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Evictions hiatus, school liability, to-go cocktails join funds for virus control and wildfires.

The public can weigh virtually in on the four bills that the Oregon Legislature will take up at its third special session of the year scheduled Monday, Dec. 21.

A committee of the legislative leadership and six other members will meet from 6 to 9 p.m. Thursday, Dec. 17, and from 10 a.m. to 1 p.m. Saturday, Dec. 19. The Saturday session is planned if public testimony must be carried over from Thursday, so participants are advised to sign up Thursday if they want to testify virtually.

To file written testimony: J3SS,This email address is being protected from spambots. You need JavaScript enabled to view it.. The public record will be open for 24 hours after the start of the committee meeting, either on Thursday or Saturday.

The Capitol itself has been closed to the public since March 18, although lawmakers met for special sessions June 24-26 and Aug. 10 under protocols to ensure safety during the coronavirus pandemic, such as physical distancing and mask wearing.

The bill drafts have only Legislative Counsel numbers, which will be assigned regular bill numbers when the special session opens Monday. They will be the only bills considered during the actual session, unless the committee adds something during its meetings.

They are:

• A bill to allow to-go cocktails in sealed containers — the limit is two cocktails per "substantial" food item — and limit fees that third-party platforms such as websites or mobile apps can charge restaurants for deliveries and takeouts. The provisions of this bill would end 60 days after the governor declares an end to the pandemic emergency, going back to March 8.

• A bill to extend the moratorium on residential evictions, now scheduled to expire Dec. 31, and create a compensation fund for landlords willing to forgo 20% of past-due rents by tenants. The House Committee on Housing heard an earlier version of this bill on Nov. 23; there have been changes.

The proposed landlord compensation fund would start at $150 million and other tenant-based rental assistance at $50 million. Both would be overseen by the state Housing and Community Services Department.

• A bill to provide limited liability from pandemic-related lawsuits for public schools and other educational institutions if they follow state COVID-19 guidelines. Exceptions would be for lawsuits alleging discrimination or challenging wages and hours.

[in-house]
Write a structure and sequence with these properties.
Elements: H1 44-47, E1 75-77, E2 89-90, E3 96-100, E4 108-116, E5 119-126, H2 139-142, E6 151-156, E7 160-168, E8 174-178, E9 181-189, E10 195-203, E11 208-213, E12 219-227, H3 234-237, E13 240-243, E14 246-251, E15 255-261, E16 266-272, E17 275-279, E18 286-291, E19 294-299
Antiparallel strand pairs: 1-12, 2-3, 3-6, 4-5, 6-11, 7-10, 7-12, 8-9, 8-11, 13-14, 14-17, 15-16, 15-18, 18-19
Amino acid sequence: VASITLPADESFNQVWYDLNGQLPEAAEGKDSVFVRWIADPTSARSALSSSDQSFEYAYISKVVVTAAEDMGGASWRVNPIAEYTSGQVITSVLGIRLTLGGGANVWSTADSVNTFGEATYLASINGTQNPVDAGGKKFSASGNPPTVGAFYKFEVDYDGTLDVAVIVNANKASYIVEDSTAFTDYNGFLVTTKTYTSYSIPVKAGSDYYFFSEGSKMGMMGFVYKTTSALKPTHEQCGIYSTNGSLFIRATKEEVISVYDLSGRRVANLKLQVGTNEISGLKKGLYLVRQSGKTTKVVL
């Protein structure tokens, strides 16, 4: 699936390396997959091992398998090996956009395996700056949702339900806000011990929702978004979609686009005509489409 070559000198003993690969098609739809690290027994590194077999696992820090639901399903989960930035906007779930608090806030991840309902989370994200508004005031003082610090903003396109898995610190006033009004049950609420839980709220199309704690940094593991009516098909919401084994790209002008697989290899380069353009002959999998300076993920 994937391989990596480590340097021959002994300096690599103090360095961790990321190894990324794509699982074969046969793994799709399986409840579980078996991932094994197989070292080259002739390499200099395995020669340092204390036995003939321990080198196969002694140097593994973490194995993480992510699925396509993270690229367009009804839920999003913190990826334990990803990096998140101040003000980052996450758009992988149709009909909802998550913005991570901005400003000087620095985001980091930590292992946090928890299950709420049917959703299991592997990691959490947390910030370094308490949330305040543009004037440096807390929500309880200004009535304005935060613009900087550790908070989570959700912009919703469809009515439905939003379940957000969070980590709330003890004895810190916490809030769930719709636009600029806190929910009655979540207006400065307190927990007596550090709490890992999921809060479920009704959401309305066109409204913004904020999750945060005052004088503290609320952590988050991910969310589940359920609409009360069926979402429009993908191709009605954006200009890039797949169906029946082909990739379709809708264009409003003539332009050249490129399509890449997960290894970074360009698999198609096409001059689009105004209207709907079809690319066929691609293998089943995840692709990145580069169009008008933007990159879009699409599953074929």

• A bill to allocate $400 million to the state emergency fund, which the legislative Emergency Board can spend as follows: $400 million for expenses related to the pandemic, such as testing, contact tracing and vaccine distribution; $100 million for expenses related to the Labor Day wildfires; and $100 million for other purposes.

The Legislature's second special session on Aug. 10 allocated $200 million for the emergency fund to the E-Board, but Senate President Peter Courtney, D-Salem, said only about $17 million remains. He said the E-Board hopes to retain about $200 million that can be carried over to the 2021 regular session, which starts Jan. 11. The board exists only between sessions of the full Legislature.

The Legislature rarely meets in December after general elections, although lawmakers did convene for a one-day session on Dec. 14, 2012, to consider a tax break that then-Gov. John Kitzhaber requested to retain the world headquarters of sportswear giant Nike outside Beaverton. The most recent special session that went into December was back in 1963, although the session took a nine-day break after the assassination of President John F. Kennedy on Nov. 22.

Members of the special-session committee are Senate: President Peter Courtney; Republican Leader Fred Girod of Lyons; Sens. Ginny Burdick, D-Portland; James Manning Jr., D-Eugene and Kim Thatcher, R-Keizer. House: Speaker Tina Kotek, D-Portland; Republican Leader Christine Drazan of Canby; Reps. Teresa Alonso León, D-Woodburn, Julie Fahey, D-Eugene and Duane Stark, R-Grants Pass.

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